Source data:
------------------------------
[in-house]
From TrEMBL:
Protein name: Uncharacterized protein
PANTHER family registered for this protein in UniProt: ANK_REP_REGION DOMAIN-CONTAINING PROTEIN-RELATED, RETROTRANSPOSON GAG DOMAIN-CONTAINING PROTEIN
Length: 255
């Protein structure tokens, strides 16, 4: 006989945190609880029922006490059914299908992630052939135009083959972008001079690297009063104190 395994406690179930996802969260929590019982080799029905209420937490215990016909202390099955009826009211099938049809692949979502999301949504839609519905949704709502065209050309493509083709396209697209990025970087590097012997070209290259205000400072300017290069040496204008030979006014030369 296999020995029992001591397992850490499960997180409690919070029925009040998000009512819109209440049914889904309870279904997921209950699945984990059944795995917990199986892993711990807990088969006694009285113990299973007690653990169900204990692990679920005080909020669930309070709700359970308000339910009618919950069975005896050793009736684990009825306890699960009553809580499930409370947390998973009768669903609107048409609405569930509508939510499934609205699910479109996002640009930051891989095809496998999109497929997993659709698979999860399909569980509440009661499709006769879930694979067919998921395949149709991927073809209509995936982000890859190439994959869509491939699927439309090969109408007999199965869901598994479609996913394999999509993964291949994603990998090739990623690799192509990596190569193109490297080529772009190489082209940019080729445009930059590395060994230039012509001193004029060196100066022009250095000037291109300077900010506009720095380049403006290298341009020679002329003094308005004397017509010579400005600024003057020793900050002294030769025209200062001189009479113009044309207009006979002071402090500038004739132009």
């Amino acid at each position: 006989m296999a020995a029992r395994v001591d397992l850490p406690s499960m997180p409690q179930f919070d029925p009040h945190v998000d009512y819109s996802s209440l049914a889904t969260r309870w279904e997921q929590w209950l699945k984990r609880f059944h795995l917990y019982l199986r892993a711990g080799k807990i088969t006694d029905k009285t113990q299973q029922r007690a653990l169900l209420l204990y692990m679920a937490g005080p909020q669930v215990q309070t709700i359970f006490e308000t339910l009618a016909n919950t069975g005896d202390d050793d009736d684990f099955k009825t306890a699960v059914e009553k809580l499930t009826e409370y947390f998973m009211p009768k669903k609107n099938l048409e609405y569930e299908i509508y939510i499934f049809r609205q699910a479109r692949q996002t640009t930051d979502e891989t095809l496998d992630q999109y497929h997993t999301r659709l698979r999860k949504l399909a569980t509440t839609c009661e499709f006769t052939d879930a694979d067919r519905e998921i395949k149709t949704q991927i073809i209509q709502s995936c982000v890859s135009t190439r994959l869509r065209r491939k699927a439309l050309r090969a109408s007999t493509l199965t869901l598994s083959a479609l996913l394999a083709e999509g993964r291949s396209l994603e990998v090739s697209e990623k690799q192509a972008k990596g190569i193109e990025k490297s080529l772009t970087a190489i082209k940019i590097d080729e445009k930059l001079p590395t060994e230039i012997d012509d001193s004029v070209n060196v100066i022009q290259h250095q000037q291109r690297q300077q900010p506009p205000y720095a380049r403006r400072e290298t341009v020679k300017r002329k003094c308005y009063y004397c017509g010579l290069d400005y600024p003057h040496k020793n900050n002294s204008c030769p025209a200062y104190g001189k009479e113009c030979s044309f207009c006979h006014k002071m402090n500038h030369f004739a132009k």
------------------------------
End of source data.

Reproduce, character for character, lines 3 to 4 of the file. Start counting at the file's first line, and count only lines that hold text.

Protein name: Uncharacterized protein
PANTHER family registered for this protein in UniProt: ANK_REP_REGION DOMAIN-CONTAINING PROTEIN-RELATED, RETROTRANSPOSON GAG DOMAIN-CONTAINING PROTEIN